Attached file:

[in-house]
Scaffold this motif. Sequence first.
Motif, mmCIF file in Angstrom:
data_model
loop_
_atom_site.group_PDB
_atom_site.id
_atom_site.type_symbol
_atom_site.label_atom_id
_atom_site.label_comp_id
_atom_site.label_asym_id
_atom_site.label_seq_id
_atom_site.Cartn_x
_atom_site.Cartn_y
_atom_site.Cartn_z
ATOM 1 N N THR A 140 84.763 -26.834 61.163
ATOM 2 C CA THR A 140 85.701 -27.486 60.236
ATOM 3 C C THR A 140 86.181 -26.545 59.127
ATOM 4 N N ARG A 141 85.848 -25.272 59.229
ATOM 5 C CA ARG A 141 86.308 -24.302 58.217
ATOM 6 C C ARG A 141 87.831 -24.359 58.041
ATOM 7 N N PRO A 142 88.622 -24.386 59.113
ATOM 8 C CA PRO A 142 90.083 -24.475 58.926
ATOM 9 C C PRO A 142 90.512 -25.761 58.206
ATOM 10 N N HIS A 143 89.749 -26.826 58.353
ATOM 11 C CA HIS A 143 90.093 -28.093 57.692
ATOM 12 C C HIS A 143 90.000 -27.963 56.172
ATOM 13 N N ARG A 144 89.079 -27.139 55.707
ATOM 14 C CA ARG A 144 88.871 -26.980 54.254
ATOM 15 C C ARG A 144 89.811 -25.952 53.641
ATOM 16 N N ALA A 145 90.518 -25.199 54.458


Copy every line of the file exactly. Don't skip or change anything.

[in-house]
Scaffold this motif. Sequence first.
Motif, mmCIF file in Angstrom:
data_model
loop_
_atom_site.group_PDB
_atom_site.id
_atom_site.type_symbol
_atom_site.label_atom_id
_atom_site.label_comp_id
_atom_site.label_asym_id
_atom_site.label_seq_id
_atom_site.Cartn_x
_atom_site.Cartn_y
_atom_site.Cartn_z
ATOM 1 N N THR A 140 84.763 -26.834 61.163
ATOM 2 C CA THR A 140 85.701 -27.486 60.236
ATOM 3 C C THR A 140 86.181 -26.545 59.127
ATOM 4 N N ARG A 141 85.848 -25.272 59.229
ATOM 5 C CA ARG A 141 86.308 -24.302 58.217
ATOM 6 C C ARG A 141 87.831 -24.359 58.041
ATOM 7 N N PRO A 142 88.622 -24.386 59.113
ATOM 8 C CA PRO A 142 90.083 -24.475 58.926
ATOM 9 C C PRO A 142 90.512 -25.761 58.206
ATOM 10 N N HIS A 143 89.749 -26.826 58.353
ATOM 11 C CA HIS A 143 90.093 -28.093 57.692
ATOM 12 C C HIS A 143 90.000 -27.963 56.172
ATOM 13 N N ARG A 144 89.079 -27.139 55.707
ATOM 14 C CA ARG A 144 88.871 -26.980 54.254
ATOM 15 C C ARG A 144 89.811 -25.952 53.641
ATOM 16 N N ALA A 145 90.518 -25.199 54.458